The palace structures within the city palace complex of Jaipur comprise of the Badal Mahal, the seven storied Chandra Mahal with highly ornamented interiors and the Sarvato Bhadra constructed during Sawai Jai Singh’s reign (1700-1743). Later additions include the Pritam Niwas by Sawai Pratap Singh (1778-1803), Diwan-i-Am, constructed in the 18th century under Sawai Madho Singh I (1751-1768) or Sawai Pratap Singh (1778 – 1803) and Mubarak Mahal by Sawai Madho Singh II (1880-1922) in 1896 for use by royal guests.
City Palace one of the major tourist attraction fascinated by marvelous architecture of Mughal and Rajput and European style of architecture is a official residence of Maharaja of Jaipur and Royal family resides in Chandra Mahal. Since 1959, The palace is opened to the General public and International visitor's as a museum.
History of City Palace :
In 1727, Maharaja Sawai Jai Singh II, shifted their capital from Amber to Jaipur and from 1729-32, the city palace was built.
City Palace Entrance:
Udail Pol also named as Atish Pol is the main entrance for tourists is a grand gateway with rich decorations. The other entrance, Tripolia Gate is reserved for royal family and the third entrance is Virendra Pol, is close to the Mubarak Mahal. Once we enter there is central courtyard called Mubarak Mahal (Mubarak is a urdu word means auspicious). So Mubarak Mahal is auspicious palace which has reception center made in the 19th centuary by Maharaja Madho Singh II and a museum displaying textiles and costumes used by the royalty in the past which includes fine Pashmina shawls, Benaras silk sarees, sanganeri prints and folk embroidery.
Next to Mubarak Mahal is Sarvato Bhadra, Diwan-i-Khas of the palace, the Hall of Private Audience, here the Maharaja meet his ministers, official guests and other important people. Visitors can find two big silver jars, called Gangajali, each has a weight of 345 kg, height 5’3″, circumference of 14’10″ and a volume of 900 imperial gallons or 4091 liters, used for keeping the sacred water of the river Ganges, called Gangajal. During 1894-96, in a period of 2 years, these Gangajali was made by melting 14,000 silver coins into sheets of silver. Then a wooden mold was made over which the sheets were beaten into the shape of a jar. Tourists get easily attracted towards them and get amazed to know that there is no soldering done while preparing these jars.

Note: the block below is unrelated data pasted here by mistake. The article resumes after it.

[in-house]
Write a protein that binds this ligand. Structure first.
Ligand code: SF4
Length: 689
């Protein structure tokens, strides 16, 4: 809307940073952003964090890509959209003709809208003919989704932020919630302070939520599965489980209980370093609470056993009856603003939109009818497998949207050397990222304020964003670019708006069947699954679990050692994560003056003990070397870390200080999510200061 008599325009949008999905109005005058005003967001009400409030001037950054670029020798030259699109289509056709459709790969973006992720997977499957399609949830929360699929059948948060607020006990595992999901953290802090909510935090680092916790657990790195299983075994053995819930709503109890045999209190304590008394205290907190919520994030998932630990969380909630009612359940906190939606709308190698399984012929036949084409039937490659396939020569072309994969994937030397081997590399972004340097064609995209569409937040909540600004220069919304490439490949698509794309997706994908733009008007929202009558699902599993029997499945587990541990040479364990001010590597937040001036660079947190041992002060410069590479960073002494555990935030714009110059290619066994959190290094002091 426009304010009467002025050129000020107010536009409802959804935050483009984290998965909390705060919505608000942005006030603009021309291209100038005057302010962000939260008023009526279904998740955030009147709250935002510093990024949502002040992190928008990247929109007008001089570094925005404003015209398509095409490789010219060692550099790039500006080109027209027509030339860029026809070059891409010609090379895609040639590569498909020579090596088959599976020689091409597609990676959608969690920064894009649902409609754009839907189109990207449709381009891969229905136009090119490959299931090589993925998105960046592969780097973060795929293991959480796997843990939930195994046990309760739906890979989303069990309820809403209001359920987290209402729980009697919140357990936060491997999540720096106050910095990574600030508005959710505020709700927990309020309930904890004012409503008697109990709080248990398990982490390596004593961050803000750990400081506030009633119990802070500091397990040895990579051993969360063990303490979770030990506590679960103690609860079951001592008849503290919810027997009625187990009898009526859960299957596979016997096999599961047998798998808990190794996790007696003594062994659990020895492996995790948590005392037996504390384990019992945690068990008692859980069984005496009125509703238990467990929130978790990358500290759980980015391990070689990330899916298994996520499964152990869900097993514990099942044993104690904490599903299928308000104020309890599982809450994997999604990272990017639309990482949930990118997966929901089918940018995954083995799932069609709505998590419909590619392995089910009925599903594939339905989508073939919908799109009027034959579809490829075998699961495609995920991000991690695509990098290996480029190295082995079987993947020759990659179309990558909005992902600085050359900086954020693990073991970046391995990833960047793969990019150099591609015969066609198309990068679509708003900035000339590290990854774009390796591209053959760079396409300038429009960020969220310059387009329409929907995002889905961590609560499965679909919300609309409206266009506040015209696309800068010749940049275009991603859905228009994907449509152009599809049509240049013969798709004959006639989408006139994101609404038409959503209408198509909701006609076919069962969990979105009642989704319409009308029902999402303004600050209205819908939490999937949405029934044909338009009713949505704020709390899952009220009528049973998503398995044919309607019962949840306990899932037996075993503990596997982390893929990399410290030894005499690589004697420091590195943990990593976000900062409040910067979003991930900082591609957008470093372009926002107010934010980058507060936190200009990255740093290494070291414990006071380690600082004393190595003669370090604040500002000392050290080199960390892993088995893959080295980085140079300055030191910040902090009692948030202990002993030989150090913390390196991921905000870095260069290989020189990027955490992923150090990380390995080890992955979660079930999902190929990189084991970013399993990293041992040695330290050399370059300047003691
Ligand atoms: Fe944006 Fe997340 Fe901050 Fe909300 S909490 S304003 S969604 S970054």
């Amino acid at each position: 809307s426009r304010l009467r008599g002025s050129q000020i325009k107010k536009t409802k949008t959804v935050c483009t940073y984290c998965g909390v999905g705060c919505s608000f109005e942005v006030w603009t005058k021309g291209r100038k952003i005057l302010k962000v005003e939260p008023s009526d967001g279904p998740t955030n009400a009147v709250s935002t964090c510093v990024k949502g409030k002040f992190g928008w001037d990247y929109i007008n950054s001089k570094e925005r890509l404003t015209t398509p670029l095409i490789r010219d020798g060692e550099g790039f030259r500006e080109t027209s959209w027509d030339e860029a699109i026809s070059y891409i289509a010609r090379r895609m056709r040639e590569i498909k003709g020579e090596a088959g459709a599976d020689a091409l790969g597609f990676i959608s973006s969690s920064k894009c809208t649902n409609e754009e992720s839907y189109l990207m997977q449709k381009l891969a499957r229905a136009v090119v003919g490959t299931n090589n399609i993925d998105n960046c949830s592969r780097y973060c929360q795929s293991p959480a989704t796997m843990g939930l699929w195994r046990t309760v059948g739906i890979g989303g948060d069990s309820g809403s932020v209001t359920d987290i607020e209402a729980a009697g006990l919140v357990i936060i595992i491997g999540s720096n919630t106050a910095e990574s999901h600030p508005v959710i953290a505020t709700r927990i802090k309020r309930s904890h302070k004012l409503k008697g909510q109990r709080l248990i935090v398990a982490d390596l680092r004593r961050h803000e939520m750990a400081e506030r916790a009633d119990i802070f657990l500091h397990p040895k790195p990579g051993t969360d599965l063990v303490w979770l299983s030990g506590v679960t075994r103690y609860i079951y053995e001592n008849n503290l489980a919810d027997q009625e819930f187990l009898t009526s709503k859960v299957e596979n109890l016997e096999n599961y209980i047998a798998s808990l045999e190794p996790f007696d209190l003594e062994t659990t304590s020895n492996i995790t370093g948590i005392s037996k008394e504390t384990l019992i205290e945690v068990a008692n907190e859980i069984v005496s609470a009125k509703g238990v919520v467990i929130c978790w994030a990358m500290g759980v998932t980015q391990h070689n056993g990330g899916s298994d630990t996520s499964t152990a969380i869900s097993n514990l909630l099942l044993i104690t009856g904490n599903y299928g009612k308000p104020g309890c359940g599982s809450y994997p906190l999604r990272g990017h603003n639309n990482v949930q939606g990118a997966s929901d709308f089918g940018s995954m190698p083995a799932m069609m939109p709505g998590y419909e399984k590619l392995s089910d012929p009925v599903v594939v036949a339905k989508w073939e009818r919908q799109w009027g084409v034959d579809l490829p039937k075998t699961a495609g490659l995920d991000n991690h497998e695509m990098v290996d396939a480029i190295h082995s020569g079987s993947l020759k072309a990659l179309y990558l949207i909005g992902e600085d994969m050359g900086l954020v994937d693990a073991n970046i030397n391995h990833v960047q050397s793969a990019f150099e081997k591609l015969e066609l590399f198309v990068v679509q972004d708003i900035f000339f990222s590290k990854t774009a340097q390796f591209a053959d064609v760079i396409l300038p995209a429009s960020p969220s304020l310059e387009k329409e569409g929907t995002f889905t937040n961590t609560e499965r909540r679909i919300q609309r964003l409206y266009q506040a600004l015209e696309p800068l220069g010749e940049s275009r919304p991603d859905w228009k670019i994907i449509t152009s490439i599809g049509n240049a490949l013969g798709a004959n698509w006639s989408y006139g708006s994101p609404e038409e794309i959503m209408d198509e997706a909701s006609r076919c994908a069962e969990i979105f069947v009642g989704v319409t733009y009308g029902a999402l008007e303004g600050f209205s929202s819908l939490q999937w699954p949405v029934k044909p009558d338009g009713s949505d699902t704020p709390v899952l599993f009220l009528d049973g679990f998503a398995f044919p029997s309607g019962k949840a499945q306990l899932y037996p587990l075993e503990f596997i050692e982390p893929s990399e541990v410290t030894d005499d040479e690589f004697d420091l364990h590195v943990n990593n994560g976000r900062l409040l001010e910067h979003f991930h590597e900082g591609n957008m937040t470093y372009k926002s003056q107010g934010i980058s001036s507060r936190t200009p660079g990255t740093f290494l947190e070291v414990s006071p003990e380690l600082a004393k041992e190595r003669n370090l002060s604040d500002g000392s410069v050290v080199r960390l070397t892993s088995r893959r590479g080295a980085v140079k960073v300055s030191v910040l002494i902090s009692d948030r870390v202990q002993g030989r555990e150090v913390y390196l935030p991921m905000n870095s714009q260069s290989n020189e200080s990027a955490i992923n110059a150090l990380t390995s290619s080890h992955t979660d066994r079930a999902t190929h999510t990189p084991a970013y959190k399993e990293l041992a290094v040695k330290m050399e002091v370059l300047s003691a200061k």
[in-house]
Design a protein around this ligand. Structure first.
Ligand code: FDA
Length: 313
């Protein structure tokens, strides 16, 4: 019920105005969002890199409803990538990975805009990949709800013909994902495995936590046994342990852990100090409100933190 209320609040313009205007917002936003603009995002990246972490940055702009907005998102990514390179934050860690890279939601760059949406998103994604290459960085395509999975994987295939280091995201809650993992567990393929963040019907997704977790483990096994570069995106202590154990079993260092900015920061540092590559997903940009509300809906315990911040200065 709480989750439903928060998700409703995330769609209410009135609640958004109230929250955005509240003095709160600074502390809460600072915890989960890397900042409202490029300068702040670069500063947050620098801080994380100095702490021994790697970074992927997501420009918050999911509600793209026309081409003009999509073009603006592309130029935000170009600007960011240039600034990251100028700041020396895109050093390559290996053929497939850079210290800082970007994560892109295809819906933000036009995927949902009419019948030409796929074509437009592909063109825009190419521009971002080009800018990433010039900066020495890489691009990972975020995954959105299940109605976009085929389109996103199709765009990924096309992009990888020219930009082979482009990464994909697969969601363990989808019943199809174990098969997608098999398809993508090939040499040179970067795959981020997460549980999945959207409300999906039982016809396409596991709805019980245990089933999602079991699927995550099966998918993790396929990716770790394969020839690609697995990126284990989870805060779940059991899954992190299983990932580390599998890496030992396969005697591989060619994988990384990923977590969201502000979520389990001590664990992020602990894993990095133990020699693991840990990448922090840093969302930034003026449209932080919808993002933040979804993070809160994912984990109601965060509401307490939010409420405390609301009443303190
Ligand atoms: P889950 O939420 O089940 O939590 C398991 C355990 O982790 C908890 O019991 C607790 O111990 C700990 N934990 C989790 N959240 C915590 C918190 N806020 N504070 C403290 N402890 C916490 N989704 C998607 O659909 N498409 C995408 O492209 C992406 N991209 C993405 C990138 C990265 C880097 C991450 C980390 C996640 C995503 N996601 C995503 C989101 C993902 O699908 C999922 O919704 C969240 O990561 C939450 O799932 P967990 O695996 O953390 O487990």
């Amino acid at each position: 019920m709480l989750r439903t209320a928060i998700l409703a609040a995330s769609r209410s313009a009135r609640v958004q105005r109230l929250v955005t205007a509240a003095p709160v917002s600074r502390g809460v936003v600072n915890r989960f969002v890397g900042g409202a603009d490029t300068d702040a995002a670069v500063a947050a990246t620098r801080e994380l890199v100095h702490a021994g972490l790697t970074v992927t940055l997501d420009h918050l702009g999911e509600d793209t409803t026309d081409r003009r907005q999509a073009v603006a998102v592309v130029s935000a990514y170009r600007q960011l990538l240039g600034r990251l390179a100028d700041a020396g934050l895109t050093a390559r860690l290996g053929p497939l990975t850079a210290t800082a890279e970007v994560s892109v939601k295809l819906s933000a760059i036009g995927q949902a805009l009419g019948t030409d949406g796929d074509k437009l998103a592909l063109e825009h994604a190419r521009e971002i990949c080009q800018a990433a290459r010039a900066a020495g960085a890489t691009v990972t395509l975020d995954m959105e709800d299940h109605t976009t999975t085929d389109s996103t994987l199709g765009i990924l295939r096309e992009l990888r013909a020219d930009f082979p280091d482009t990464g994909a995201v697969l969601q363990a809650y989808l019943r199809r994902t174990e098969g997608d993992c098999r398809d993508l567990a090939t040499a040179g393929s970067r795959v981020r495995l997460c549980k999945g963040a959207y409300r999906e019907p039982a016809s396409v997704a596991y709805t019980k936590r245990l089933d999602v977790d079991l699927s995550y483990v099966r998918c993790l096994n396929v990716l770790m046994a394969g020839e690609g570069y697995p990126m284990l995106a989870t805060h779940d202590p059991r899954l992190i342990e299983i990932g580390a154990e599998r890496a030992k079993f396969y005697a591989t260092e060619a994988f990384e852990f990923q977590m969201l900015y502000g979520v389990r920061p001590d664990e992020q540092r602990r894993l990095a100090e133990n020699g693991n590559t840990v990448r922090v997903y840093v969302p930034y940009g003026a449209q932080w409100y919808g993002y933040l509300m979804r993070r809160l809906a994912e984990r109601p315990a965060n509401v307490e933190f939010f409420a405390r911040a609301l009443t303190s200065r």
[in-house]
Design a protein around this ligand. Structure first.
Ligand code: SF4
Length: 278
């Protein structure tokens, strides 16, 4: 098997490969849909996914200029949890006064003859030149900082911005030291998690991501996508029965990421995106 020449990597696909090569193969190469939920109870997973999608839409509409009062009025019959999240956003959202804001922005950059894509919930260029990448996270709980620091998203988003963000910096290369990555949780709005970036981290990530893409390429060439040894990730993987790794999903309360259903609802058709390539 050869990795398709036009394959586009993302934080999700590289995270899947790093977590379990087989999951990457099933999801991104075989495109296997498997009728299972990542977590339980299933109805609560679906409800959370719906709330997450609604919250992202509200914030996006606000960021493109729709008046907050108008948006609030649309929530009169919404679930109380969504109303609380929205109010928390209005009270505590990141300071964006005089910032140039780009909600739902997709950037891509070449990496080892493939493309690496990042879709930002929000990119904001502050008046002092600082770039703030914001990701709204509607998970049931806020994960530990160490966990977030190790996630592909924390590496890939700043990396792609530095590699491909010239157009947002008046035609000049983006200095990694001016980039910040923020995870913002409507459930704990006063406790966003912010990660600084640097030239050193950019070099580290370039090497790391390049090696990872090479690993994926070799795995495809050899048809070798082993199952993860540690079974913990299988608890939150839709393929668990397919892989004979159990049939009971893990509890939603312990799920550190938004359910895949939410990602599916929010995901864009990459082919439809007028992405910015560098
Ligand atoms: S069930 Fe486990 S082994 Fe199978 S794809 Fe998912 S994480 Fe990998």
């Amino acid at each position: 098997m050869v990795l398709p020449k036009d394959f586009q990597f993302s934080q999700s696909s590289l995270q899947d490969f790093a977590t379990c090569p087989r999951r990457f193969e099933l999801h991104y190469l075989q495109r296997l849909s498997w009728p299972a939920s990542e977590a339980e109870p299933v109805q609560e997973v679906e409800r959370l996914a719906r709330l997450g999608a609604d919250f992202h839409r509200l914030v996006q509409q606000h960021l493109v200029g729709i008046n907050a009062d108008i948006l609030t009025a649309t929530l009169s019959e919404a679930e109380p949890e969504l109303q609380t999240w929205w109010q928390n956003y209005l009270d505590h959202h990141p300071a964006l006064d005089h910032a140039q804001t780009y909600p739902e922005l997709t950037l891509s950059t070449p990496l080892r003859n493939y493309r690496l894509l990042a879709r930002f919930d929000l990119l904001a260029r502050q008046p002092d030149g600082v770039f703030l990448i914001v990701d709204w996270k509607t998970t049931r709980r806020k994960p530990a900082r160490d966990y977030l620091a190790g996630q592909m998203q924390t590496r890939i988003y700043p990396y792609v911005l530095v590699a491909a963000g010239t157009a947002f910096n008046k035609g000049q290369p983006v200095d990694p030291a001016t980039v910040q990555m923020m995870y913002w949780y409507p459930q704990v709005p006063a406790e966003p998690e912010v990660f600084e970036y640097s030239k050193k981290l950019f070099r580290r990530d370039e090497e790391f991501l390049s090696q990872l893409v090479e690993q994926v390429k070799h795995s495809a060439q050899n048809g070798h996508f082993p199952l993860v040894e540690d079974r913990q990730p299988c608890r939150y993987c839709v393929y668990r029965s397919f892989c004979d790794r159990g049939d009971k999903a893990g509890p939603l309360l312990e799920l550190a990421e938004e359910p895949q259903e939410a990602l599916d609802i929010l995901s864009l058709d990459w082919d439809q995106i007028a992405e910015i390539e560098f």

Diwan-i-Khas is a square courtyard, open at all four sides with beautiful arches and chandeliers making it a truly special place.
Clock Tower : The palace has an iconic clock tower which can be seen from a distance from many places in the city.
Sabha Niwas or Diwan-i-Am or The Hall of Public Audiences is an art gallery, displaying rare handwritten manuscripts, paintings, Kashmiri shawls and carpets.
Visitors can move to Ridhi Sidhi Pol which is a four-storied grand gateway that leads to the Pritam Niwas Chowk.
Pritam Niwas Chowk: Pritam Niwas Chowk is again a rectangular courtyard between Sarvato Bhadra and Chandra Mahal. It has four beautiful doorways representing the four seasons. Peacock Gate, representing autumn, Lotus Gate representing summer, Green gate representing spring and the Rose Gate representing the winter season. The gates typically have gokhdas (sitting spaces) on either side of the entrance. The openings are often characterized by the use of cusped, trefoil or pointed arches with rectangular or chhatri (vaulted dome) type framing, flanked with lotus columns.
Chandra Mahal is seven-storied palace used as the residence by the royal family. Inside the Chandra Mahal, there are palaces like Sukh Niwas, the living room, Sri Niwas the Mirror Palace, Chavvi Niwas, the Blue Palace and Shobha Niwas, the Ceremonial Hall. The flag of the Maharaja flies on top of the palace. It indicates that the king is in the palace. When the king is away, the queen’s flag is hoisted.